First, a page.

Daddy's Girl

My entire life, people have told me that I look like my dad.  That wouldn’t be such a bad thing, except I’m a GIRL.  I didn’t want to look like my dad. I didn’t want to look like a boy.  When I was little and people would say that, I would cry. I wanted to look like my mom. “I want to look like a girl!” I would yell. My mom would always assure me that I did look like a girl, but it didn’t help.

My sister looks exactly like my mom. They have the same face shape, the same smile, the same eyes. It’s so annoying.  I would always question why I couldn’t look like my mom too. And my mom would say, “You look like you and that’s beautiful.” Blah…whatever that means.

As I got older and people would say that I looked like my dad, my mom would quickly say that I looked my Aunt Jenna, my dad’s sister….that appeased most people, but there was always that one person that would refuse to see it and keep insisting that I looked like my dad.  I hated it.  Really, really hated it.  I would stare in the mirror and see his eyes and his nose and his cheekbones, and his smile, and his hair and his ears and, and, and. Sigh. I would try to hide it with makeup, try to hide it with different hair colors, try to just…just….HIDE.  But nothing changed it. Nothing.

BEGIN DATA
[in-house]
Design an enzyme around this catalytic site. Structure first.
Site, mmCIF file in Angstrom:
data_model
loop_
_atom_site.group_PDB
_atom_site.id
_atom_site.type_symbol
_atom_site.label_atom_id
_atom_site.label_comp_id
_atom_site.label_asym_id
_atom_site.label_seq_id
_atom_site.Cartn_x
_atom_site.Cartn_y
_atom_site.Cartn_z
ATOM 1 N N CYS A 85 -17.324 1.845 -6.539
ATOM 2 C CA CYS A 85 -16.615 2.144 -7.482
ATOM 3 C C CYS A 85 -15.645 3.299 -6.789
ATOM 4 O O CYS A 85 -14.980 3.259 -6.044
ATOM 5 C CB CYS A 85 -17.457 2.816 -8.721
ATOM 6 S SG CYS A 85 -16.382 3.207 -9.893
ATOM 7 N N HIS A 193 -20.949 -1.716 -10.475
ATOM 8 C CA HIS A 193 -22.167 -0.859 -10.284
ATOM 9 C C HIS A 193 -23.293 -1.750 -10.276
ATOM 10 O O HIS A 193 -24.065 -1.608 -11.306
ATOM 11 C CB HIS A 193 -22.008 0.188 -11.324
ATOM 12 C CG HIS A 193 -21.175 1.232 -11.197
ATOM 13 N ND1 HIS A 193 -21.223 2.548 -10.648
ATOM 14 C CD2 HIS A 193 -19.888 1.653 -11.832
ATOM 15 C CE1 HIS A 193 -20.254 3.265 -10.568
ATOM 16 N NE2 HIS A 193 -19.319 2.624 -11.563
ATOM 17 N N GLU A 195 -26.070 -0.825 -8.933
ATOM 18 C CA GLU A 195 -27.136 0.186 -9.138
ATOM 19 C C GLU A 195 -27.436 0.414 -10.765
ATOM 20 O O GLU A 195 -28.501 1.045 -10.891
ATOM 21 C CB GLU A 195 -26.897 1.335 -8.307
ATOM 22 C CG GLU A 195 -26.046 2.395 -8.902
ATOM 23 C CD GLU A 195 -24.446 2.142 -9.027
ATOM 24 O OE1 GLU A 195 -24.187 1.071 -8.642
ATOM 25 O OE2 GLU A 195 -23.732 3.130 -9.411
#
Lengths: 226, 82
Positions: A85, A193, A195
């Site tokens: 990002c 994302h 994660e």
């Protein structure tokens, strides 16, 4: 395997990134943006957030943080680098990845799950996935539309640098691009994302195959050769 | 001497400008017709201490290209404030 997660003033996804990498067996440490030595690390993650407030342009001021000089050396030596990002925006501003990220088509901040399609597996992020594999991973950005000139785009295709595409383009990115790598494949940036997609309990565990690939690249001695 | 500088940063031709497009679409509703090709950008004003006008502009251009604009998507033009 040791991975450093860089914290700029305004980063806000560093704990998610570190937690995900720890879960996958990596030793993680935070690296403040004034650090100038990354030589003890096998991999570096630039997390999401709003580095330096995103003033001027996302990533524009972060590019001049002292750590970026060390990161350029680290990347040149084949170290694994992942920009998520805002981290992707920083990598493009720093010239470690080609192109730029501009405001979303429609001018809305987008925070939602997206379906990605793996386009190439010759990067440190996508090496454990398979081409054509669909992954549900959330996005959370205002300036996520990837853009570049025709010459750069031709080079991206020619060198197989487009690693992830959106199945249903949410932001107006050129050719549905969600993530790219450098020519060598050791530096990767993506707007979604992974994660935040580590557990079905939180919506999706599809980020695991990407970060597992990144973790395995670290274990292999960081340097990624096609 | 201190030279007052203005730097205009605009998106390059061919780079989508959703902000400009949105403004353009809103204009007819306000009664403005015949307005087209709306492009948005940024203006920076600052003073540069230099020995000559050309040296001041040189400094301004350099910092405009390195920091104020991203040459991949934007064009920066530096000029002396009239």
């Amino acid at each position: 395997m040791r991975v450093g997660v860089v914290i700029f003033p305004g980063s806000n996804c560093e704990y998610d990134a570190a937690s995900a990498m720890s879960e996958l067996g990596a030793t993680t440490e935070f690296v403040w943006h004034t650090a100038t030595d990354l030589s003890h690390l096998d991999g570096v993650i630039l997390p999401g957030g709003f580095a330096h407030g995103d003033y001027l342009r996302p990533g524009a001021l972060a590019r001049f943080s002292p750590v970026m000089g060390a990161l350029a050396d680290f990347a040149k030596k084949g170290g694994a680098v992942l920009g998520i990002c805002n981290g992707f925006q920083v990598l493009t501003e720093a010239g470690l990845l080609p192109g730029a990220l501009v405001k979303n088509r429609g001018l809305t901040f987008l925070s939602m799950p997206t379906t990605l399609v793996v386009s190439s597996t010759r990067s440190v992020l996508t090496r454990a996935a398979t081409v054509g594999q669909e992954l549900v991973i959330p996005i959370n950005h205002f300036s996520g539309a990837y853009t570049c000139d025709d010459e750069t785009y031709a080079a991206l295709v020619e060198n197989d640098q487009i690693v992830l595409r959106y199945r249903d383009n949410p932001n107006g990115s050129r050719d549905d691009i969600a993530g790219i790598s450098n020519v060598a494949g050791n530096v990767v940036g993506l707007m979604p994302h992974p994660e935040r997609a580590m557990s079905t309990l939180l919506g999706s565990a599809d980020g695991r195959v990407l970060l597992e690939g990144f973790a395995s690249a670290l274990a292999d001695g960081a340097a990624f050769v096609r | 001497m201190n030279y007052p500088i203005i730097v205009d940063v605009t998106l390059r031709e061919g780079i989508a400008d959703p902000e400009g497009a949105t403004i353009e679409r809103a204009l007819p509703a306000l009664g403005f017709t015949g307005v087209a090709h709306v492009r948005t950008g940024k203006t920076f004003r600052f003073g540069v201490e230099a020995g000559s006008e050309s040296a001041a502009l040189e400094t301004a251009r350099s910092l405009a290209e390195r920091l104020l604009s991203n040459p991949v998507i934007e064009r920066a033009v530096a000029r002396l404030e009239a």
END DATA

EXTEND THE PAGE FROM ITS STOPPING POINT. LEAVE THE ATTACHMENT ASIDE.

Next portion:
And then one day, my perspective changed. Some $%@# drunk driver decided that his self-pity party was more important than my dad’s life.  I remember getting the call from my mom and hearing her voice telling me to come home and knowing that something had happened…something horrible.  I remember listening to the police officer telling us about the accident and my mom bursting into tears and my sister sitting there with no emotion.  I remember feeling numb. Like I was floating or walking in a story of someone else’s life.

At the funeral, I stood silently watching people walk up to his casket, sniffle, shake their head, and then walk away, dabbing their eyes.  I never understood the purpose of an open casket…that is until that day.  After the crowd thinned out, I decided to look into my dad’s casket.  I had told myself before that I wasn’t going to do it. That I wasn’t going to look at him like that, because I refused to remember him dead and only wanted to remember him alive. But something came over me, and I just had to look.  So I did.

His face was solemn….not like him at all. He was always smiling, always laughing, always cracking jokes.  I looked closer at his face. I looked at his eye shape…they were my eye shape. I looked at his nose…same as mine. His cheekbones..same. His ears…same. Lips..same. Hair…same.  

As I continued to stare at him, I felt an arm slide around my shoulder.  It was my mom.  I didn’t look at her, because I knew she was crying…and I.Refused.To.Cry.  She leaned over and whispered this sentence that changed everything, “I know that your whole life that you have hated people telling you that you look like your dad.  But today, I am thankful that you do. Because when I miss him, really, really miss him, I can look at you and see his eyes, and his nose, and his hair, and his smile and know that he is still with us and watching out for us.”

So today, I stand a little taller and lot prouder, because guess what?  I look just like my dad.